I’ve discussed the Beretta CX4 Storm at length here, here and here. I want to finish up this series with a discussion on upgrades and accessories. The Storm is a great performer out of the box but there are few things that will make it even better.
I wouldn't presume to tell anyone how they should set up their gun...but it wouldn't be much of an article if I didn't share my opinion on it.
What you do to the gun depends on how you intend to run it. Rails are easily added that let you mount all manner of lights, lasers, forward grips, and tactical bottle openers. If adding stuff helps you be the best fighter you can possibly be, go for it. Options are a great thing.
However, in my opinion: the defining qualities of the Storm are its light weight, its balance, its small size/length, and its snag-free, "aerodynamic" body. The last article was about how the gun handles; to me that's what differentiates it from other weapons. A minimalist approach here will capitalize on the gun's attributes, keeping it light weight and low drag.
These are my opinions guys, based on how I would run the gun. How you run it and what you want will be up to you; I hope these ideas are helpful to you.
Leave it off
Lasers - To me, lasers make sense as a training tool. There’s a place for them in proactive situations, such as lying in wait for an intruder coming up the hall (setting an ambush). However, I think red dot optics are more useful over a wider variety of situations; to me a laser is just one more thing to keep off the gun.
Pressure switches are convenient, and probably not so bad in a house gun. But for my purposes, cables hanging off the gun are a negative.
Personally I think a better investment is one of Roger Phillips' Point Shooting classes. We should get the best equipment we can, but I always prioritize skill development over gadgets.
Extra rails and VFGs - Unless you have it SBR'd or find that it really enhances the handling for you, I'd leave off the forward grips and the extra rails. No, they're not a lot of weight, but more stuff is more stuff, and they add points to snag. This gun is very svelte. I’d keep it that way.
Spacers - If your name is Gigantor and your arms can reach into the next county, you may need the spacer in the butt stock to shoot it well. But if not, consider removing it. Experiment so you know what works best for you.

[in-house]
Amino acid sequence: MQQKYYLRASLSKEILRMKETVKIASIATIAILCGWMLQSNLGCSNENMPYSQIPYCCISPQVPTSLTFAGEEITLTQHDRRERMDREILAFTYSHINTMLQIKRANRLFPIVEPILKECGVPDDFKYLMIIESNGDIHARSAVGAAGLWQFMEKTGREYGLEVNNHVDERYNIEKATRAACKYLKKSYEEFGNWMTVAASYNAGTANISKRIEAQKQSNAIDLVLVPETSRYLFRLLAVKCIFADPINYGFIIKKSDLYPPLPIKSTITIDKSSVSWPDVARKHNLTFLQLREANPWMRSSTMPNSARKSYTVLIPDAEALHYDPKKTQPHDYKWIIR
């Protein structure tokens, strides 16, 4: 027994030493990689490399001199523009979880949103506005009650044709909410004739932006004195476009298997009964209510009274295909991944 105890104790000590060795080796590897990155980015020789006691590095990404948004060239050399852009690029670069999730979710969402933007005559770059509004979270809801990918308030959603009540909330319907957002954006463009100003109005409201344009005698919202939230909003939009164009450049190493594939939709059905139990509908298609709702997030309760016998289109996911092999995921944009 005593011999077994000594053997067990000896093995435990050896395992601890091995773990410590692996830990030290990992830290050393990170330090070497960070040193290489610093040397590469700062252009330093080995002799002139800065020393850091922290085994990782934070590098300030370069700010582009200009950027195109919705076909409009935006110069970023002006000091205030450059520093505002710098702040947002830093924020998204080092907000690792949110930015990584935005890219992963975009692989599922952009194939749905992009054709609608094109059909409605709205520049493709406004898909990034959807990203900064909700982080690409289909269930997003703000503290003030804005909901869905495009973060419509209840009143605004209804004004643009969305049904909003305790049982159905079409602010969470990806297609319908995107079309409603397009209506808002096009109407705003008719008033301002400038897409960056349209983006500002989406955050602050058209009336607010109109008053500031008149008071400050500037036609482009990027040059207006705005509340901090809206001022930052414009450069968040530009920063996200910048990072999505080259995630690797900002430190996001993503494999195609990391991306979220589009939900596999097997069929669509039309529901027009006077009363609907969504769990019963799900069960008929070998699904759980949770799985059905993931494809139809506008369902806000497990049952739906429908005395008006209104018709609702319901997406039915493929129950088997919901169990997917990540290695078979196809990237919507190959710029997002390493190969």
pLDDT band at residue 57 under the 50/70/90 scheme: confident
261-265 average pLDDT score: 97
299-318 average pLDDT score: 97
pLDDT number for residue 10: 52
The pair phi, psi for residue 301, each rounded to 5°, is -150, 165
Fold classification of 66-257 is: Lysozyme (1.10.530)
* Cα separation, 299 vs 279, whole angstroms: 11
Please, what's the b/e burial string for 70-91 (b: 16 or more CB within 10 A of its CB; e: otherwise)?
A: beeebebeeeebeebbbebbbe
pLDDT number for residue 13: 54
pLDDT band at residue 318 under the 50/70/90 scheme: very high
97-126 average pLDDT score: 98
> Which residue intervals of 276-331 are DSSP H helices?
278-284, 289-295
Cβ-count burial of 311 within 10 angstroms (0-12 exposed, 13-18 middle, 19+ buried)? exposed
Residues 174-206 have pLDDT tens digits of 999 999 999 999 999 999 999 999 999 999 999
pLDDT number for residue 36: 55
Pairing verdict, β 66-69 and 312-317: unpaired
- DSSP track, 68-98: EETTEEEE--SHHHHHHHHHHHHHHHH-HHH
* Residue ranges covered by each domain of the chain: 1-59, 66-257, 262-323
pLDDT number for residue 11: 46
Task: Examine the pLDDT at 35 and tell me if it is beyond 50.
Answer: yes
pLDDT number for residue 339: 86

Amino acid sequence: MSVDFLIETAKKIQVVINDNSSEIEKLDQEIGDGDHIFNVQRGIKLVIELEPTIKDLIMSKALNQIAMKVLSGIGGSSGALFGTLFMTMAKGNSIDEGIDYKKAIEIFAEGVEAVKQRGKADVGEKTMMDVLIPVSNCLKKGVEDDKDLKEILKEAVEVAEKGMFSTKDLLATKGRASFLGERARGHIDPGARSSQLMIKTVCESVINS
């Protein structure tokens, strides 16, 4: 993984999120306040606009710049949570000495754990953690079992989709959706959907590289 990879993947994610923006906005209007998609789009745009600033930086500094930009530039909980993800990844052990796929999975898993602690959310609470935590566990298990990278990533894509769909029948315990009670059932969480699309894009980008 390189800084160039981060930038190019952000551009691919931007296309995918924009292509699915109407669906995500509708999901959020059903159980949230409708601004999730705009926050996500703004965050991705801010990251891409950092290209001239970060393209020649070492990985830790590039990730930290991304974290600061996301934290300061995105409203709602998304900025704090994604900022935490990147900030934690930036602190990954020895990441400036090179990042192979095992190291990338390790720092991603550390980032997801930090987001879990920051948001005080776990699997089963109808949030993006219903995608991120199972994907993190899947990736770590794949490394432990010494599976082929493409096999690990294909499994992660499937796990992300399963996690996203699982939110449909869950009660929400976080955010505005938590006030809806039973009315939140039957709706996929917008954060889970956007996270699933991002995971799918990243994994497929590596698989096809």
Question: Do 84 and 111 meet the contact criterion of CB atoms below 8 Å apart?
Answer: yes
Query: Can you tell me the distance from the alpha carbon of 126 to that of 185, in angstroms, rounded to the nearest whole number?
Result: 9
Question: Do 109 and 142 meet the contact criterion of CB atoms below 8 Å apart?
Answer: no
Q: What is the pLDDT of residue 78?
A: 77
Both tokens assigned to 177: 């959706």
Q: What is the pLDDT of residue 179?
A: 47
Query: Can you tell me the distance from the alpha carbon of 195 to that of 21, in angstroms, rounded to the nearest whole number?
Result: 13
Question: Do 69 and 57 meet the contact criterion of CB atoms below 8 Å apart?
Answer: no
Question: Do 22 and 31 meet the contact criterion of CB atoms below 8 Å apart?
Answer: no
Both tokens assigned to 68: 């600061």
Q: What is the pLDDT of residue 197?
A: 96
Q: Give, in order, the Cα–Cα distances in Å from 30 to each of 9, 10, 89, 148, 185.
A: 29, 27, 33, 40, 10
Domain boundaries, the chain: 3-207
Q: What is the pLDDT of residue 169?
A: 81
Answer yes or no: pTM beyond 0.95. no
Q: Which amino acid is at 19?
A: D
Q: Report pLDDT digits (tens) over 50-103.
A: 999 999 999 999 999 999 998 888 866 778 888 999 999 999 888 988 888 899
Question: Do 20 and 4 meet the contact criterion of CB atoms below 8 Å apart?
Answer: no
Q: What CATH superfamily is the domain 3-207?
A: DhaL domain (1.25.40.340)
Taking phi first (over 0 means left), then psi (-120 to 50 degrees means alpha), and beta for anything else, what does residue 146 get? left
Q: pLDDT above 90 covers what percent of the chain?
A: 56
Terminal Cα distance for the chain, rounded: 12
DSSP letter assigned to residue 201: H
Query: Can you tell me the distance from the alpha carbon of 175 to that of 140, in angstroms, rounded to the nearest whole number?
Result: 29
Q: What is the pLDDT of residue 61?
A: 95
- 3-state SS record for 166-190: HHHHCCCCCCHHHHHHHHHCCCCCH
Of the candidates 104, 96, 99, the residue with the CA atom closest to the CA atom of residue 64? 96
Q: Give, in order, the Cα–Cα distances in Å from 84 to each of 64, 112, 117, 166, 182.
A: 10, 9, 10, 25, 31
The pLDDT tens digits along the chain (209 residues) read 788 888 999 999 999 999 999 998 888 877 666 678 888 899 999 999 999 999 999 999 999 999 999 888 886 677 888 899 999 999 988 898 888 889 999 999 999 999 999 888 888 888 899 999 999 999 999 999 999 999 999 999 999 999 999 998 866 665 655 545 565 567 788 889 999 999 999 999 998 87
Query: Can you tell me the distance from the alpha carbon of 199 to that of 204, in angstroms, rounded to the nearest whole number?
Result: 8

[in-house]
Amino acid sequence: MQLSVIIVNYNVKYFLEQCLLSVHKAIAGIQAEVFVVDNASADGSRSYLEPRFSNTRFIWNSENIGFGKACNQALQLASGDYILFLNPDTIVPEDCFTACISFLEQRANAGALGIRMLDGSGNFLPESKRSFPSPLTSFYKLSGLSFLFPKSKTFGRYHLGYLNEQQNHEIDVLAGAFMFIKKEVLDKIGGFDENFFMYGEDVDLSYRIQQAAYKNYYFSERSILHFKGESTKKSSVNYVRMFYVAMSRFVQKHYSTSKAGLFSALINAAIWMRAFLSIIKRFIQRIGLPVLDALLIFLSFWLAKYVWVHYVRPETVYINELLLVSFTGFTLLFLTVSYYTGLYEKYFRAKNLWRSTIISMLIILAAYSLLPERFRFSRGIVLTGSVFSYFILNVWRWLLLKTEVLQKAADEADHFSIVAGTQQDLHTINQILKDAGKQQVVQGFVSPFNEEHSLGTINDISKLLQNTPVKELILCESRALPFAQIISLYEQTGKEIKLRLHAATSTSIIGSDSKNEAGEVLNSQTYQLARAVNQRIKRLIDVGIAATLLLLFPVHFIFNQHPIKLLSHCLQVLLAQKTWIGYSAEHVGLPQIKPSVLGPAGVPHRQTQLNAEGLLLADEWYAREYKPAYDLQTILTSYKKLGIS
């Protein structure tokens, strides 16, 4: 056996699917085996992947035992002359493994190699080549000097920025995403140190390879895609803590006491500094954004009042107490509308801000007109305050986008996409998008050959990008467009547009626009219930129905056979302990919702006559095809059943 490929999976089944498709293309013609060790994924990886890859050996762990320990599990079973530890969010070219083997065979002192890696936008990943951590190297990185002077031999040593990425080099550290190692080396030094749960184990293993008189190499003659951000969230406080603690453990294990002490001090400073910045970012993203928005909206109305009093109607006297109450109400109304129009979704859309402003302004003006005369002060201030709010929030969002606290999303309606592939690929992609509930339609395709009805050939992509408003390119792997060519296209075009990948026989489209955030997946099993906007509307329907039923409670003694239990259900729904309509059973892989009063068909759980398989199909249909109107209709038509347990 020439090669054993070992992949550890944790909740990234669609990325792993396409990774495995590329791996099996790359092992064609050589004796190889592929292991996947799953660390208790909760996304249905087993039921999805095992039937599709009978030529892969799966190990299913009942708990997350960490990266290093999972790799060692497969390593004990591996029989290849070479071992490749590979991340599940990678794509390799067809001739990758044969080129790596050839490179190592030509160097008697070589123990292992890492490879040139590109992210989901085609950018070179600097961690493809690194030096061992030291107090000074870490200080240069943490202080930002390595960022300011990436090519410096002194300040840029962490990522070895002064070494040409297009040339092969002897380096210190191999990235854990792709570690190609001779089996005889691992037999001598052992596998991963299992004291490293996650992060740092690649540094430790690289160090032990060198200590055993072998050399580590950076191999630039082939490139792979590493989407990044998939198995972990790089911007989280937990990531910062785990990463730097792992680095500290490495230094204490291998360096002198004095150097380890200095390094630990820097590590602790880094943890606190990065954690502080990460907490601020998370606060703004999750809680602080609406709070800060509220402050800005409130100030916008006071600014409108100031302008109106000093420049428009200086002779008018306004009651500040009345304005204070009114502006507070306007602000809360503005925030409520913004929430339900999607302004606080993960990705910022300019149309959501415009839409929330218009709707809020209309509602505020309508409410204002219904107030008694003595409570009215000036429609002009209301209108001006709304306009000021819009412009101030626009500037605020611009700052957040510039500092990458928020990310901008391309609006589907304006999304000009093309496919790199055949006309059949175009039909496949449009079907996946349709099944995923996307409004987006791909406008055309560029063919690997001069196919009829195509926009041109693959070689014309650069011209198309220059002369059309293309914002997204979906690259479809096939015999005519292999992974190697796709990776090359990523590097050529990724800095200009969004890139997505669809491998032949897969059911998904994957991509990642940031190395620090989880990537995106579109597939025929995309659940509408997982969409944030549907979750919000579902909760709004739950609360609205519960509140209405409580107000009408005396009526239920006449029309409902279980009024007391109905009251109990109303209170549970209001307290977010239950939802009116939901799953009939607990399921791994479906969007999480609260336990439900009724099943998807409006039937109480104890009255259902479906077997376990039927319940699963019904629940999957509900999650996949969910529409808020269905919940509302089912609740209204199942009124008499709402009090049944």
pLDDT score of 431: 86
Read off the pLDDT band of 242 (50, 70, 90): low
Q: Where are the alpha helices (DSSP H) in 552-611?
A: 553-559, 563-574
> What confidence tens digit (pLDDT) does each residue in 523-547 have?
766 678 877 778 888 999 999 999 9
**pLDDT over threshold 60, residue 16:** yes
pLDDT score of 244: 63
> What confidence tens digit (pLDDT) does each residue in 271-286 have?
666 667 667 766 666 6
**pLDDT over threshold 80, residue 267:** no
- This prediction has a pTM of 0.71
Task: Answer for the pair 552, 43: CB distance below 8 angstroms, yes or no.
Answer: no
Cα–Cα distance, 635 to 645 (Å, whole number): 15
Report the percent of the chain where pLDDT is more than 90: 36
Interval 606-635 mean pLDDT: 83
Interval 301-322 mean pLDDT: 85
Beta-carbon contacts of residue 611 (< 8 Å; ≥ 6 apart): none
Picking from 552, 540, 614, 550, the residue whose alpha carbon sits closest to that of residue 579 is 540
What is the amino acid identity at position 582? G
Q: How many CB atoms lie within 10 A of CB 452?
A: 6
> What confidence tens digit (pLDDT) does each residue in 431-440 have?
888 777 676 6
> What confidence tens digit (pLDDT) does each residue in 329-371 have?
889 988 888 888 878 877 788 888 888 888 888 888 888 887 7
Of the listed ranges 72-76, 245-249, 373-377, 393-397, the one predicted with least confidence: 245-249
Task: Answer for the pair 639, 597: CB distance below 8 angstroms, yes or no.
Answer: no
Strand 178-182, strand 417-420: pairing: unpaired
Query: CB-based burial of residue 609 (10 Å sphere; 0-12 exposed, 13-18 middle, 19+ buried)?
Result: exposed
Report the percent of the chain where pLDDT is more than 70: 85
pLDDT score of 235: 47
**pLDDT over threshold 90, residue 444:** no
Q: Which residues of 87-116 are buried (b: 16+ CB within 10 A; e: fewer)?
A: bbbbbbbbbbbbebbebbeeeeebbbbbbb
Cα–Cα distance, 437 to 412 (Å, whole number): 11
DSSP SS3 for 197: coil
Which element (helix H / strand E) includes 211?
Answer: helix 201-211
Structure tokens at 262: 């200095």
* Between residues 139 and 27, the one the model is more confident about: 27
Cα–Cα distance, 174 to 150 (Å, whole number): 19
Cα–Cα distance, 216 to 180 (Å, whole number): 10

In my opinion, for this gun’s niche it should be as short as possible.
The gun to the right has three spacers...that guy must have orangutan arms!
Flash hider - For a pistol caliber? Why?
There's something to be said for a gun that looks cool, but I just can't see adding stuff that doesn't enhance its function.
I’d rather SBR it, thread the barrel, and get a real can. Or have a custom made integral suppressor…now that would be cool.
I guess if you want to add it just because it ticks off "the shoulder thing that goes up" lady, okay, I respect that.
Just my opinion but there's too much stuff on this gun. However, some very nice work has been done on it. The silly thumb-hole strap thing (STHST) has been cut off, as have the stock sights and sight covers. A customized top rail extending the length of the gun has been added, and topped off with back-up folding irons. Not too shabby.
Stick it on
Top rail and optic - Primary fighting weapons should have an optic (backup and/or pocket pistols being the exception).
A quality red dot such as a Trijicon RMR facilitates amazing things if your marksmanship skills are up to it. Eyeball shots at room distance? Consistently fast and easy body shots at 100 yards?
We do that in class with RMR'd Glocks.
Imagine an RMR'd Storm.
One side rail and a light - A close quarter fighting gun should have a light. One side rail instead of the whole tri-rail set up would be sufficient. The retractable rail is an option, though it seems a little flimsy to me. A flashlight in a VLTOR mount on the top rail might also be a good option.
The gun to the right is kept very simple. One side rail for a light, and an optic. Done.
Mag pouch - For the home defense role, consider a mag pouch attached to the gun. I prefer leaving stuff off, but in the home you may not always have the time/ability to grab your fighting bag with the extra mags. Unless you keep a mag pouch on your tactical pajamas, keeping an extra mag or two onboard the gun is a reasonable compromise.
Sling (maybe) - A long gun should almost always have a sling. However, as a niche weapon to be used in the home or particularly in a vehicle, I would rather not have one. I'm usually opposed to quick detach slings because they can come loose when you least want them to, but for the intended purpose here it might be a good compromise.